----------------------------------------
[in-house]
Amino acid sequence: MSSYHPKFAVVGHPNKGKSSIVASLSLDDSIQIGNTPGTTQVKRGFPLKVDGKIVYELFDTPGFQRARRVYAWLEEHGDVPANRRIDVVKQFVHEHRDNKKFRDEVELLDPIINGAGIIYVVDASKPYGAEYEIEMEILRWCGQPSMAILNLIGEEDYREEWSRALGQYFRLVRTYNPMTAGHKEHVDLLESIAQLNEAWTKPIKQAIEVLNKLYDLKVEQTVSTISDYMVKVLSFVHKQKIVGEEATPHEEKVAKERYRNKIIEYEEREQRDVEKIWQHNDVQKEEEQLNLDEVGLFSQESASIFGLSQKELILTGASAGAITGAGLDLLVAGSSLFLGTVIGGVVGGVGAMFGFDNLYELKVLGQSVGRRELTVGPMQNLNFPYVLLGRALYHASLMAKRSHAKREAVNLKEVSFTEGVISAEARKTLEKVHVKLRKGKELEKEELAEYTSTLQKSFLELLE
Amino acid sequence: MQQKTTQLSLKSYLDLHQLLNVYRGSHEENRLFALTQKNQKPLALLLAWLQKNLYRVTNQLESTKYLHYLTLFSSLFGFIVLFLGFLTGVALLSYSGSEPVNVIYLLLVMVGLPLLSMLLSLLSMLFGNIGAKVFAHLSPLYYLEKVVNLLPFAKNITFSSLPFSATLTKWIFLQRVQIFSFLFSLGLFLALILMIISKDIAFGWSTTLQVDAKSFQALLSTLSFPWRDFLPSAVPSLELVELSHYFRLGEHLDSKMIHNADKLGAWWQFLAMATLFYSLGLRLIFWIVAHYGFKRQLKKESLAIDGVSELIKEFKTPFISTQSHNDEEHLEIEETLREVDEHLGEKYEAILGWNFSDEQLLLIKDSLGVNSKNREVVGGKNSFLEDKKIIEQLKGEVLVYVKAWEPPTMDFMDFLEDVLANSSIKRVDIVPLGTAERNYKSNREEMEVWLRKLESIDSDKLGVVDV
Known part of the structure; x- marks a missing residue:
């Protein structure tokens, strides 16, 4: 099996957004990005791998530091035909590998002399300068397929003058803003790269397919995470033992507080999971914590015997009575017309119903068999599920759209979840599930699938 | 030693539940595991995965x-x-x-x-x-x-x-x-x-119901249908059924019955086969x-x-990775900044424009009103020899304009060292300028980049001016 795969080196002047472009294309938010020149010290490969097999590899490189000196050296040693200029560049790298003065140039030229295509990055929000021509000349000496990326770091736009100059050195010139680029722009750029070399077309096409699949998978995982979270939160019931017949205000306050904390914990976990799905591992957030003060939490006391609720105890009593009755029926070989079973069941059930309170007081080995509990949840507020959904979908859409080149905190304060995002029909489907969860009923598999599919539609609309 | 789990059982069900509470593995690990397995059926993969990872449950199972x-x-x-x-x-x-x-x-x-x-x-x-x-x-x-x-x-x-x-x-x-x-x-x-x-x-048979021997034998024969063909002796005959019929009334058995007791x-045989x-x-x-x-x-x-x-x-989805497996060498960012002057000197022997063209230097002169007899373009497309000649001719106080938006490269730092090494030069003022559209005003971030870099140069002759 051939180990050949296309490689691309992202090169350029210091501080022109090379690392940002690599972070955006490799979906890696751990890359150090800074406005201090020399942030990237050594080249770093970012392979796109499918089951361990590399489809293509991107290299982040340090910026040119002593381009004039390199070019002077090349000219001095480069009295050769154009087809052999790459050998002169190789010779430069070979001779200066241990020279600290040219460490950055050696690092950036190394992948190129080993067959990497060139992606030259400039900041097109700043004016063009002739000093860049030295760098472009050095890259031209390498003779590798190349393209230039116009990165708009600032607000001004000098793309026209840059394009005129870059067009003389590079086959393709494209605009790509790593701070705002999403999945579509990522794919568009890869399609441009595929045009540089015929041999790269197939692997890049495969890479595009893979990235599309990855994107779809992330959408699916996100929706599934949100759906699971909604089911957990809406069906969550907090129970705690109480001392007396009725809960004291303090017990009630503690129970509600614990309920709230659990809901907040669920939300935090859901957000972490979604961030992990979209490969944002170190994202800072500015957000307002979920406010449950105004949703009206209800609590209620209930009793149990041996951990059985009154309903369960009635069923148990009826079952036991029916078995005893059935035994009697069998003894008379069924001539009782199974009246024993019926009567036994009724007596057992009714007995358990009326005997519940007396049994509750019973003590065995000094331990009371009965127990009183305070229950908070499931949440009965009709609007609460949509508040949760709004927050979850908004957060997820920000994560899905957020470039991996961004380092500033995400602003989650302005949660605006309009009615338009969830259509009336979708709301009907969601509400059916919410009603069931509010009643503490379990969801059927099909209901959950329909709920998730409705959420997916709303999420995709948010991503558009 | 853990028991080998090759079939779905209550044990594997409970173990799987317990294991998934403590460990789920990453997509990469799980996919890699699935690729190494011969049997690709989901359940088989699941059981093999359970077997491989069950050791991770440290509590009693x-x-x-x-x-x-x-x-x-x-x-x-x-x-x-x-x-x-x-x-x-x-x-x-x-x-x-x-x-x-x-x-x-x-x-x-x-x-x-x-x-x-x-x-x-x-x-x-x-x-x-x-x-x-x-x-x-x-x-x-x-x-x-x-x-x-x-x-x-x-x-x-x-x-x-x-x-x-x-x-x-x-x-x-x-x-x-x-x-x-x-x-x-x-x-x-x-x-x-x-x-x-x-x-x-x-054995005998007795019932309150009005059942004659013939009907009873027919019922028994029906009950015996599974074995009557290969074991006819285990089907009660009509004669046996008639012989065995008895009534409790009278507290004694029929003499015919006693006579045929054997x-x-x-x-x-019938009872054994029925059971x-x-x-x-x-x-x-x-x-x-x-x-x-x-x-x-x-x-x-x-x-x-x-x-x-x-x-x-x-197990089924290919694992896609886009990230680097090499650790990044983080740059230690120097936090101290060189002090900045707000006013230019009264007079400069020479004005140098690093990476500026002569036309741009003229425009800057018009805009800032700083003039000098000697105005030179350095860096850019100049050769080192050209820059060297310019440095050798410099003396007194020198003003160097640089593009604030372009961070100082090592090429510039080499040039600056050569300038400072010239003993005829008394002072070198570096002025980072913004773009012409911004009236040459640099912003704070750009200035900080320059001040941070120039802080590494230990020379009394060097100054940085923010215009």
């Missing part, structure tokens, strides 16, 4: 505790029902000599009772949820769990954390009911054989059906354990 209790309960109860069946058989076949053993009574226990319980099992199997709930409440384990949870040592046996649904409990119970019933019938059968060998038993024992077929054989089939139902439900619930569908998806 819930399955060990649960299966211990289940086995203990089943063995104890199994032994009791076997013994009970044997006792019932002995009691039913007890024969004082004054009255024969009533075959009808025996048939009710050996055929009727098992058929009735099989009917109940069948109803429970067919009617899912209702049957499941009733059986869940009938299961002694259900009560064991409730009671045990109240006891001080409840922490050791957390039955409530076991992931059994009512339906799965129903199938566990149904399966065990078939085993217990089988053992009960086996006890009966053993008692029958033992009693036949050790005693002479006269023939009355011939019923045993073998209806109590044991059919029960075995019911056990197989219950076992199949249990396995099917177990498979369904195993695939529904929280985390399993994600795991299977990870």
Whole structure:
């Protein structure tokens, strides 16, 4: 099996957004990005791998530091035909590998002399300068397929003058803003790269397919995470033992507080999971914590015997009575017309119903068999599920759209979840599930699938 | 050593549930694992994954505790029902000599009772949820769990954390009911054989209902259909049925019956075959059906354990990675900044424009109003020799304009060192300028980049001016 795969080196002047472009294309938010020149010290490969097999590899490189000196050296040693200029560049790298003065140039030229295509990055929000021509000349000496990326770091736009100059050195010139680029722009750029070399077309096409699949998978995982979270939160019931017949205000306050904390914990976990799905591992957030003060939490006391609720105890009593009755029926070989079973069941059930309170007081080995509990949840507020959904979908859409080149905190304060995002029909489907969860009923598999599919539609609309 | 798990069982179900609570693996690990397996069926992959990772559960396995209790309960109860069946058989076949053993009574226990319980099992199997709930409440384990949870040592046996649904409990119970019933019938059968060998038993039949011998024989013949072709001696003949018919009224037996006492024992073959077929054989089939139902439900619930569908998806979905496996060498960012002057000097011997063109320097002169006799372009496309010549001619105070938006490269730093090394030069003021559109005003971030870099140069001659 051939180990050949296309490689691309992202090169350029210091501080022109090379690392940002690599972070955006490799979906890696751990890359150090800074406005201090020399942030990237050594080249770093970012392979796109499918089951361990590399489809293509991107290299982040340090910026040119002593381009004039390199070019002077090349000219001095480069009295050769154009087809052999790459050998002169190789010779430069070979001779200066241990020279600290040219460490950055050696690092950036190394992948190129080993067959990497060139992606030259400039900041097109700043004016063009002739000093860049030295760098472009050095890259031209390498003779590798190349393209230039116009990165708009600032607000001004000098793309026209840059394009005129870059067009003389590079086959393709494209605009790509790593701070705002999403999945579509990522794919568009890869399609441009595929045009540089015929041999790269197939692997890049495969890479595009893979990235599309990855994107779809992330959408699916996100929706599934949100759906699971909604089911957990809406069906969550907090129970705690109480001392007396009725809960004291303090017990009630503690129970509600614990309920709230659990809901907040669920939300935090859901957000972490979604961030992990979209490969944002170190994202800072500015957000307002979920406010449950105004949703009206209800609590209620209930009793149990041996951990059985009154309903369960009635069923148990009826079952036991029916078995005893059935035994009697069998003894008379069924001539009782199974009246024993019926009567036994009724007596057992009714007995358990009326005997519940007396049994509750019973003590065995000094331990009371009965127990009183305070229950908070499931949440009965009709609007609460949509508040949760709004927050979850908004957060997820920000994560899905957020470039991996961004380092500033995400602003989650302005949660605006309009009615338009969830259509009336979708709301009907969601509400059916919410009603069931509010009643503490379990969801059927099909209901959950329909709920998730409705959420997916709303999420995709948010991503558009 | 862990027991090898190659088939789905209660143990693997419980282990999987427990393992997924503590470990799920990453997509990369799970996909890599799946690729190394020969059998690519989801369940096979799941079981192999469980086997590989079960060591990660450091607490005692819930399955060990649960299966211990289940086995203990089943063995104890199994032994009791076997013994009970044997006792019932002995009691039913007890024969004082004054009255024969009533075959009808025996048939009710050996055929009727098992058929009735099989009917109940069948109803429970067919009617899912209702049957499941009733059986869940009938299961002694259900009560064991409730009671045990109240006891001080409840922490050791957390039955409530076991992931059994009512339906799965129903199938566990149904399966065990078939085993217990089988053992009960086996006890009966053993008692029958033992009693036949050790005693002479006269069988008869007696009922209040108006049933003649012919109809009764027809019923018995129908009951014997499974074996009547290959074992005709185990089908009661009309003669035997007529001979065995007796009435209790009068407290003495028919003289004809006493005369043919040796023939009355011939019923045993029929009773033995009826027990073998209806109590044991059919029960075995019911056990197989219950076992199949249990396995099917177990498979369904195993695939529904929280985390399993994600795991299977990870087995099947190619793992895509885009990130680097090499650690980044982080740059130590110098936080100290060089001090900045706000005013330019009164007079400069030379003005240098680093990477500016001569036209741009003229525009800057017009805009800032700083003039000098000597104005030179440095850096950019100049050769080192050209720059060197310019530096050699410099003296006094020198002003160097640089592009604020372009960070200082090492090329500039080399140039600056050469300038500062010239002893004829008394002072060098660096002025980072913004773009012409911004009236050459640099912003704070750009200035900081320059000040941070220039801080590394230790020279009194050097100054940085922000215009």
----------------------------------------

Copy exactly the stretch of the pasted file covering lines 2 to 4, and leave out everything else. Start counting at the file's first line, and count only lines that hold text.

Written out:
Amino acid sequence: MSSYHPKFAVVGHPNKGKSSIVASLSLDDSIQIGNTPGTTQVKRGFPLKVDGKIVYELFDTPGFQRARRVYAWLEEHGDVPANRRIDVVKQFVHEHRDNKKFRDEVELLDPIINGAGIIYVVDASKPYGAEYEIEMEILRWCGQPSMAILNLIGEEDYREEWSRALGQYFRLVRTYNPMTAGHKEHVDLLESIAQLNEAWTKPIKQAIEVLNKLYDLKVEQTVSTISDYMVKVLSFVHKQKIVGEEATPHEEKVAKERYRNKIIEYEEREQRDVEKIWQHNDVQKEEEQLNLDEVGLFSQESASIFGLSQKELILTGASAGAITGAGLDLLVAGSSLFLGTVIGGVVGGVGAMFGFDNLYELKVLGQSVGRRELTVGPMQNLNFPYVLLGRALYHASLMAKRSHAKREAVNLKEVSFTEGVISAEARKTLEKVHVKLRKGKELEKEELAEYTSTLQKSFLELLE
Amino acid sequence: MQQKTTQLSLKSYLDLHQLLNVYRGSHEENRLFALTQKNQKPLALLLAWLQKNLYRVTNQLESTKYLHYLTLFSSLFGFIVLFLGFLTGVALLSYSGSEPVNVIYLLLVMVGLPLLSMLLSLLSMLFGNIGAKVFAHLSPLYYLEKVVNLLPFAKNITFSSLPFSATLTKWIFLQRVQIFSFLFSLGLFLALILMIISKDIAFGWSTTLQVDAKSFQALLSTLSFPWRDFLPSAVPSLELVELSHYFRLGEHLDSKMIHNADKLGAWWQFLAMATLFYSLGLRLIFWIVAHYGFKRQLKKESLAIDGVSELIKEFKTPFISTQSHNDEEHLEIEETLREVDEHLGEKYEAILGWNFSDEQLLLIKDSLGVNSKNREVVGGKNSFLEDKKIIEQLKGEVLVYVKAWEPPTMDFMDFLEDVLANSSIKRVDIVPLGTAERNYKSNREEMEVWLRKLESIDSDKLGVVDV
Known part of the structure; x- marks a missing residue: